Conclusion

Is the Watchtower a mind control cult according to the criteria set forth by Robert Lifton and Steven Hassan? The evidence points conclusively to the affirmative. In all areas the Jehovah’s Witnesses have shown some degree of mind control. Much more could have been added to each section to further justify this conclusion but the evidence here is sufficient. To the cults, the end justifies the means, and with the WT, this equally applies. The techniques used to maintain “a controlled spiritual environment” (Francis, 1997:106) do not lead to the liberty Christ spoke of in Luke 4:18 but rather lead to unhealthy dependence, bordering on idolatry, of an authoritarian human institution that utilises deceptive techniques that are designed to undercut individual volitional autonomy. Testimonies of ex-members abound, describing liberty and freedom they have encountered when they managed to break free of the WT hold (Francis, 1997:106).

Propaganda

It would not be too presumptuous to presume that the bulk of what the average JW knows about religion, about their organisation and its work; the interpretation of world events, history and biblical passages, and their knowledge of ‘true’ doctrines is primarily through their literature. What the Watchtower proclaims, although it is admitted that the material is not inspired or infallible, is received unquestionably as ‘truth’. Thus the Watchtower is a primary source of influencing the minds and behaviour of its people. Can it be classed as propaganda and does it use propagandists’ techniques to influence those who read it?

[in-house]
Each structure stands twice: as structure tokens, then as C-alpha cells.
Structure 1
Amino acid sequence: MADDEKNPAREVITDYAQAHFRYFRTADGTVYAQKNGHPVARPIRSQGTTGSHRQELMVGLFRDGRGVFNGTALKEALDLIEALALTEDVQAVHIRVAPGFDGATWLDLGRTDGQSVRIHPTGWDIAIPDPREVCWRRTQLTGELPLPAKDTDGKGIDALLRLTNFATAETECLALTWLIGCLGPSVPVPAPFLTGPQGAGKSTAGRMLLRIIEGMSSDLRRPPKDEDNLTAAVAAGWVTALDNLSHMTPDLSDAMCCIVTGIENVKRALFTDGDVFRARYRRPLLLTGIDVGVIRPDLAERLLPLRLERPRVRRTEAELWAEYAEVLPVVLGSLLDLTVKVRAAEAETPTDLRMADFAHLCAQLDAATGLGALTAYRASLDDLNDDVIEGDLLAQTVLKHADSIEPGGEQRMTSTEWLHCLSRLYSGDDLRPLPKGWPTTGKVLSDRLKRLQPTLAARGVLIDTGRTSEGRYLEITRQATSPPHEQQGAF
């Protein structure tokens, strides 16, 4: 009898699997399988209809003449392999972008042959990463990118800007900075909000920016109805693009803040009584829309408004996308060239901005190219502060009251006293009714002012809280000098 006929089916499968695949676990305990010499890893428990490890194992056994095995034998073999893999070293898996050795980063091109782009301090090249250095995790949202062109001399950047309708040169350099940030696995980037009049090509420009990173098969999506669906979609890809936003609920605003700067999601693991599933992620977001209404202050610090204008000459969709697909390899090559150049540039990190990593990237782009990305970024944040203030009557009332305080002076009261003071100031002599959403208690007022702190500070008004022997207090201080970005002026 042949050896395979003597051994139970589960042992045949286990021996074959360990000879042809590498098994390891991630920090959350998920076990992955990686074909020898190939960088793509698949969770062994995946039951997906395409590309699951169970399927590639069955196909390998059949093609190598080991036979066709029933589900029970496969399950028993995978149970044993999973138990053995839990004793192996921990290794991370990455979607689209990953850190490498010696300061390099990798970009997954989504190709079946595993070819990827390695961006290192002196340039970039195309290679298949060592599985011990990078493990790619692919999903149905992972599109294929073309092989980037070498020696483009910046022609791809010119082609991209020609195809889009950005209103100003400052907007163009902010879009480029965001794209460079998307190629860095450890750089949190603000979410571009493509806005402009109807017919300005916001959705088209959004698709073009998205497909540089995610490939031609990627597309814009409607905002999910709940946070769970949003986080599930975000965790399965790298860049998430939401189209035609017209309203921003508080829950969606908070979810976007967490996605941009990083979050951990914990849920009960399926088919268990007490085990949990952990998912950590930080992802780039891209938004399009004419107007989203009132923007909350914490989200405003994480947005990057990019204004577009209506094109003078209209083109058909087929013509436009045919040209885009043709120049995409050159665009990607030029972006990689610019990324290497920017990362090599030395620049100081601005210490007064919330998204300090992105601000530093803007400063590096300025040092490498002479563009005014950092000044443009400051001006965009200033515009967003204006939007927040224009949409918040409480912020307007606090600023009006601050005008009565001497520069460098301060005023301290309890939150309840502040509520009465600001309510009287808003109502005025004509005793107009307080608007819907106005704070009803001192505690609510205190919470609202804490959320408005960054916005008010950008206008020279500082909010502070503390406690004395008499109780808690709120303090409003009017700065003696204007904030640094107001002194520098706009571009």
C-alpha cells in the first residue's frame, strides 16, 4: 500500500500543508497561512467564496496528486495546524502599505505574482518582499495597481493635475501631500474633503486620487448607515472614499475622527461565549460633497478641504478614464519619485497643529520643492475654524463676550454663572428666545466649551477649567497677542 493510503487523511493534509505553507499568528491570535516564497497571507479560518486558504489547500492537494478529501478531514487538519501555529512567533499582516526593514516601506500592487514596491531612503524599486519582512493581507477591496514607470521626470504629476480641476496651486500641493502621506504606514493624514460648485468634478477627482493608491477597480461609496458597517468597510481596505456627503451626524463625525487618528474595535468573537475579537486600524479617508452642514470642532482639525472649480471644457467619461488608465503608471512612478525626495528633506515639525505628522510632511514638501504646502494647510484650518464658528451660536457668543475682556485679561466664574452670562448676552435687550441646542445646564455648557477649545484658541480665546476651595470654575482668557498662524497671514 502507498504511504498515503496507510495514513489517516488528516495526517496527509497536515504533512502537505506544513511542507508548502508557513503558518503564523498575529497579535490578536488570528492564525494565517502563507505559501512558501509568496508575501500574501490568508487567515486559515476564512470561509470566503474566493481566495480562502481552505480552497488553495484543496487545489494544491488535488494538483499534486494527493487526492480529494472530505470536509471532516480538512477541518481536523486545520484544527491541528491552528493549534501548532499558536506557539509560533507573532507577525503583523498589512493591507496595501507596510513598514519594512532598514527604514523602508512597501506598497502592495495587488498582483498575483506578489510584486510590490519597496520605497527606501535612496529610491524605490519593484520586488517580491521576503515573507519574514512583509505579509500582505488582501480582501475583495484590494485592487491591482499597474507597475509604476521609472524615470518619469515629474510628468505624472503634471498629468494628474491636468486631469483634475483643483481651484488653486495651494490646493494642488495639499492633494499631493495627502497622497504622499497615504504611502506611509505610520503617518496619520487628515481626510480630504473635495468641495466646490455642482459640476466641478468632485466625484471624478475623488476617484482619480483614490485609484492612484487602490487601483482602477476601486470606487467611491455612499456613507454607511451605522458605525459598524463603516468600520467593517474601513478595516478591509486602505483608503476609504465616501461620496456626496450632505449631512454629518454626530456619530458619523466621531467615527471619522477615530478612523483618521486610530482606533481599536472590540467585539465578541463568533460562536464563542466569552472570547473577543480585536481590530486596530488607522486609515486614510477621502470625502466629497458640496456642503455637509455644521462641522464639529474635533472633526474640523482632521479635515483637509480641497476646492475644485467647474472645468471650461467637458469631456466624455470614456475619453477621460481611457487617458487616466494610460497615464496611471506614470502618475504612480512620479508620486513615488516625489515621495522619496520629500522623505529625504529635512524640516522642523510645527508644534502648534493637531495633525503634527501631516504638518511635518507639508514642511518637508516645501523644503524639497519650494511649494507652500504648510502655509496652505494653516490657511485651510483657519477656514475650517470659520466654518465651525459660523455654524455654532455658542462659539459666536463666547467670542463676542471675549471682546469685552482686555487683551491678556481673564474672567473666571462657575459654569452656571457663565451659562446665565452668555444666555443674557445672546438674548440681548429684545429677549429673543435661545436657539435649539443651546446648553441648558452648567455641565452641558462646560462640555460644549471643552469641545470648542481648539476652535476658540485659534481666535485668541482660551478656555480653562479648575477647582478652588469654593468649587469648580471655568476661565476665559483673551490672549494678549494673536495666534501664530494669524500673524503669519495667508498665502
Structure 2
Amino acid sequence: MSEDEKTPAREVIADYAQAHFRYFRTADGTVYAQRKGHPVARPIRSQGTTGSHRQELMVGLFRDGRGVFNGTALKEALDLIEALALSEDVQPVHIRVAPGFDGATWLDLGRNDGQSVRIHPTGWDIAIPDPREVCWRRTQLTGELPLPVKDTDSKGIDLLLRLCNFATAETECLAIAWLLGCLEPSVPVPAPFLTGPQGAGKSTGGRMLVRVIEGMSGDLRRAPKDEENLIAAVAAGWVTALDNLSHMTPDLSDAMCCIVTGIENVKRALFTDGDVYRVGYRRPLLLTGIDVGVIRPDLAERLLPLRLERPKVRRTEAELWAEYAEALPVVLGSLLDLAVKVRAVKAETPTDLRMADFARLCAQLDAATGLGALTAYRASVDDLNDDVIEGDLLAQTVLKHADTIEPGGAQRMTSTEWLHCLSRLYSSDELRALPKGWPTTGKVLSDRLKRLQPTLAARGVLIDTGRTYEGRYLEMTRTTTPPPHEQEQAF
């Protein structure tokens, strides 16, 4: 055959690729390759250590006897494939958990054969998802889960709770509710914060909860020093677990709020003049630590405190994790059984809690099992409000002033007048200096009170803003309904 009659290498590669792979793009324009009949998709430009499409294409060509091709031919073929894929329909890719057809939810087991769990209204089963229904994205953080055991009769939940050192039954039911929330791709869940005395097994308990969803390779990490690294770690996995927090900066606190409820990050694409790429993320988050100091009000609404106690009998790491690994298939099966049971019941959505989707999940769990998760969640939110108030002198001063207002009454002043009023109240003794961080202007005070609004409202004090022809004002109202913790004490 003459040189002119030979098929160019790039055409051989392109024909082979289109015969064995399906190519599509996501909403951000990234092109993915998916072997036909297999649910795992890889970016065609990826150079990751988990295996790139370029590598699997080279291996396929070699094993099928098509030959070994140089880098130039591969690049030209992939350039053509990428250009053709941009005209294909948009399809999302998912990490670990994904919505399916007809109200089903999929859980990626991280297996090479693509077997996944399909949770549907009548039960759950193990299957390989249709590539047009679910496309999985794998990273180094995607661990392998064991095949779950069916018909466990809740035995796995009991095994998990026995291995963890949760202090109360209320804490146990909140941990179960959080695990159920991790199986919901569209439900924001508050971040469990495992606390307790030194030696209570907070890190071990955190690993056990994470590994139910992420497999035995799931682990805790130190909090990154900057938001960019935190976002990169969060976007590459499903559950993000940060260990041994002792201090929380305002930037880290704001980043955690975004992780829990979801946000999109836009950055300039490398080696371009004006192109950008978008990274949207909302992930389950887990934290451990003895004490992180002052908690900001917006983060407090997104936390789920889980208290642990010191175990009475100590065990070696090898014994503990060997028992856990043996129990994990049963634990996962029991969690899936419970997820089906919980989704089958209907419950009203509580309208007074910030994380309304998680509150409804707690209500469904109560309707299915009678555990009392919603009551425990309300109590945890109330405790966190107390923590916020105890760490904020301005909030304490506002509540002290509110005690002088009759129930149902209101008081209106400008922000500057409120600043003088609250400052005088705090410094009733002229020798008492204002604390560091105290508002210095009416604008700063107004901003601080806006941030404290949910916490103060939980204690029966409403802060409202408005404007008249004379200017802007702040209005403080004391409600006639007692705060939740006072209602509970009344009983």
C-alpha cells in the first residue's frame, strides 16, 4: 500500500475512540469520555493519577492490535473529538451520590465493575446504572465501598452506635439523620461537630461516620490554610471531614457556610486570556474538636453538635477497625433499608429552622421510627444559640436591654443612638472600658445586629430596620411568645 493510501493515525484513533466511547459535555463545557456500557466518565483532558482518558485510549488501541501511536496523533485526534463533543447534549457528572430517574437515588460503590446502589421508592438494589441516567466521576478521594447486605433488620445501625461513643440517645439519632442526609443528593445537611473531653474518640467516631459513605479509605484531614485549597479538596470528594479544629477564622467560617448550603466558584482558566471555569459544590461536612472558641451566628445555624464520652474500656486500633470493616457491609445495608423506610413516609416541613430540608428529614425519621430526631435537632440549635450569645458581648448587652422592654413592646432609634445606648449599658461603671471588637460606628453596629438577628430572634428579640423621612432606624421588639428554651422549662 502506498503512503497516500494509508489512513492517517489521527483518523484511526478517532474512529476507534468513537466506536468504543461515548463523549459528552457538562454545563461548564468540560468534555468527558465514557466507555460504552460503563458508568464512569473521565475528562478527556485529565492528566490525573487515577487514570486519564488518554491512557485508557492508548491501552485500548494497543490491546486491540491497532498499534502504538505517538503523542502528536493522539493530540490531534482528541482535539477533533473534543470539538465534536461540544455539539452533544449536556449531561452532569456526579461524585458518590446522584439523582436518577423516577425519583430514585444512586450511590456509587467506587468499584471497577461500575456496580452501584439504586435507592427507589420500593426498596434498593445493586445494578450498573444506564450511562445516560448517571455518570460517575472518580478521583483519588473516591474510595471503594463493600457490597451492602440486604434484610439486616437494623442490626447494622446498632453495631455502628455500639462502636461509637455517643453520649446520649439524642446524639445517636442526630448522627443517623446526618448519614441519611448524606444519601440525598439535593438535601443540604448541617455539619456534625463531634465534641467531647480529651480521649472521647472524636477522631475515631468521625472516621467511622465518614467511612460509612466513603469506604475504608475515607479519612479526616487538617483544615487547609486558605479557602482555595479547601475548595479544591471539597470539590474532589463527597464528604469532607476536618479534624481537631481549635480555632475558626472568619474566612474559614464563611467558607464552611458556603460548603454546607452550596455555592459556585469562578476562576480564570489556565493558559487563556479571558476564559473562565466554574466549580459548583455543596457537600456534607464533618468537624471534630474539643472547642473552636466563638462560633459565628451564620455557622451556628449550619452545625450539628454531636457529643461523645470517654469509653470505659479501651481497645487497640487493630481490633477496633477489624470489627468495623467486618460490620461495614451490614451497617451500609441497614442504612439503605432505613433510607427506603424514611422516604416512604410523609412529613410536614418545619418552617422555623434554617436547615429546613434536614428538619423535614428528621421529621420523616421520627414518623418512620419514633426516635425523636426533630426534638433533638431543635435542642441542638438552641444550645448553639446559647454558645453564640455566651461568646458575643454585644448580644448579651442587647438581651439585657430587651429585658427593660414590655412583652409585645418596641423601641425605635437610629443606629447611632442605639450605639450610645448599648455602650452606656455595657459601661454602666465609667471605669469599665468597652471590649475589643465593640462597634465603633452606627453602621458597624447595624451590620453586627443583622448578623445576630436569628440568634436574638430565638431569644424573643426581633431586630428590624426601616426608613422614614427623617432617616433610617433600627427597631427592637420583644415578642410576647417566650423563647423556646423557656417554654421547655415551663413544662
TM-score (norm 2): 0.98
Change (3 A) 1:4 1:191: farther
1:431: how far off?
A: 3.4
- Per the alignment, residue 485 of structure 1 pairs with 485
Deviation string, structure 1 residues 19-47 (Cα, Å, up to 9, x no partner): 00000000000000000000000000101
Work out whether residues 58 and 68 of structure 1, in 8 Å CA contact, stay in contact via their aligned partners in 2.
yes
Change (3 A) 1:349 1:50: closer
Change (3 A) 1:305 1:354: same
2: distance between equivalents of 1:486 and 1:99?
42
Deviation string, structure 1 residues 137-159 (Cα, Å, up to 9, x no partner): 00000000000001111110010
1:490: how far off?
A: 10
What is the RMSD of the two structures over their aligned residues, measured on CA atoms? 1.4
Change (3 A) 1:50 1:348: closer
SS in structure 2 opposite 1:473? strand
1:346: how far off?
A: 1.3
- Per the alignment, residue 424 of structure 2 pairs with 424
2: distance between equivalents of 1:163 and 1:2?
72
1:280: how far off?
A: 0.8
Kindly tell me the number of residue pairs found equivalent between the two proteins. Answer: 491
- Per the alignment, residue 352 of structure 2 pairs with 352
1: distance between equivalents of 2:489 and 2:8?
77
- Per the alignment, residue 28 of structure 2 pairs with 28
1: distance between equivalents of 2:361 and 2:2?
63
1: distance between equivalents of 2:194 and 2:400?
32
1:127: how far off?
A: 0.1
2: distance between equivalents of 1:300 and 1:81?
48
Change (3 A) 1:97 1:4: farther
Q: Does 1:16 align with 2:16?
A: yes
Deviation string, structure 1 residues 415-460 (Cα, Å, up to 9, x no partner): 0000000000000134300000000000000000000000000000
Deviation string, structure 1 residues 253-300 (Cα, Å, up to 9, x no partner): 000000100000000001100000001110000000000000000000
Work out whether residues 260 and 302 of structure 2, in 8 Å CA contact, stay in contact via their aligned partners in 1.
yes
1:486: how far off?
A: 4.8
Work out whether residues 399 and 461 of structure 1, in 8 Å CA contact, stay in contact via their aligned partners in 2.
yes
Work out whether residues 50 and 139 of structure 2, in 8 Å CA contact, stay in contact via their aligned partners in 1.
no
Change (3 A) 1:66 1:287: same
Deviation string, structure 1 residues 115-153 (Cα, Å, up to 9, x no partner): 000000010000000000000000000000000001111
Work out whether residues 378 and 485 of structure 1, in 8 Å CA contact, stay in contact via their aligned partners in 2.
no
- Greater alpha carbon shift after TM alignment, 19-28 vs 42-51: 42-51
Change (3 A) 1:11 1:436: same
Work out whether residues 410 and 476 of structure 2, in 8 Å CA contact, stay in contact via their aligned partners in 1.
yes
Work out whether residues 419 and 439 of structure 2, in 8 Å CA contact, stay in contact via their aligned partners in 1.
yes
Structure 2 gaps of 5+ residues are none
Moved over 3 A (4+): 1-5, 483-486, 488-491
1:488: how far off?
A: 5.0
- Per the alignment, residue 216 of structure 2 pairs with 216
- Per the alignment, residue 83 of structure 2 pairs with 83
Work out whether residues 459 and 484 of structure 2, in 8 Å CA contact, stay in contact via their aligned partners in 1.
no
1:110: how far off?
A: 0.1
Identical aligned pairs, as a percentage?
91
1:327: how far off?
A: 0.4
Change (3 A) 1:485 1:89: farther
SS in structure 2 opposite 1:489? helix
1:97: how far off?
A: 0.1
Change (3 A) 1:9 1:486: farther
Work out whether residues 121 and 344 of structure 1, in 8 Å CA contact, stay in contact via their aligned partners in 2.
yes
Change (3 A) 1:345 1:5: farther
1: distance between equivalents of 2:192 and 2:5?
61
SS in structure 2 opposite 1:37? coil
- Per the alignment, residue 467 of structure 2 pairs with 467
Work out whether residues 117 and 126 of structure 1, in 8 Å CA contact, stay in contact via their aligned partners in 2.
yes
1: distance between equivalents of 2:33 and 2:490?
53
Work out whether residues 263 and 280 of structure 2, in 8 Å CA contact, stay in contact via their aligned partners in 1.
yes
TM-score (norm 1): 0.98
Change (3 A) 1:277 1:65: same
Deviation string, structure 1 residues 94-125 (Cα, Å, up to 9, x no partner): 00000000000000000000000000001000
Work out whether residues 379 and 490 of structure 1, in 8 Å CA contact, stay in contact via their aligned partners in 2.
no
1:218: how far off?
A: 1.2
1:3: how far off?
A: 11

Propaganda has been in existence ever since people have been seeking to influence others towards their ideas and goals. The word originates from the Latin word propagare which means the reproducing of new plants by planting freshly cut shoots from an established plant (Brown, 1963:10). The first recorded use of the word ‘propaganda’ was in 1633, where a renewed thrust in mission by the Catholic Church was named the Congegatio de Propaganda Fide. Here the central task was to convert the minds of foreign people to accept the Christian doctrines of Catholicism (Brown, 1963:10-11). In both World Wars, propaganda was extensively used with great effect by both sides to increase hatred for the enemy and motivate nationalistic loyalty (Brown, 1963:11). It has been used by the politicians, by advertisers, by health workers, and by religious groups. At its grass roots level of definition, propaganda is “...an organised dissemination of information and ideas...”, using any media that can convey ideas, “...to persuade the recipients of the truth of their propositions and beliefs” (Dean, 1995:695).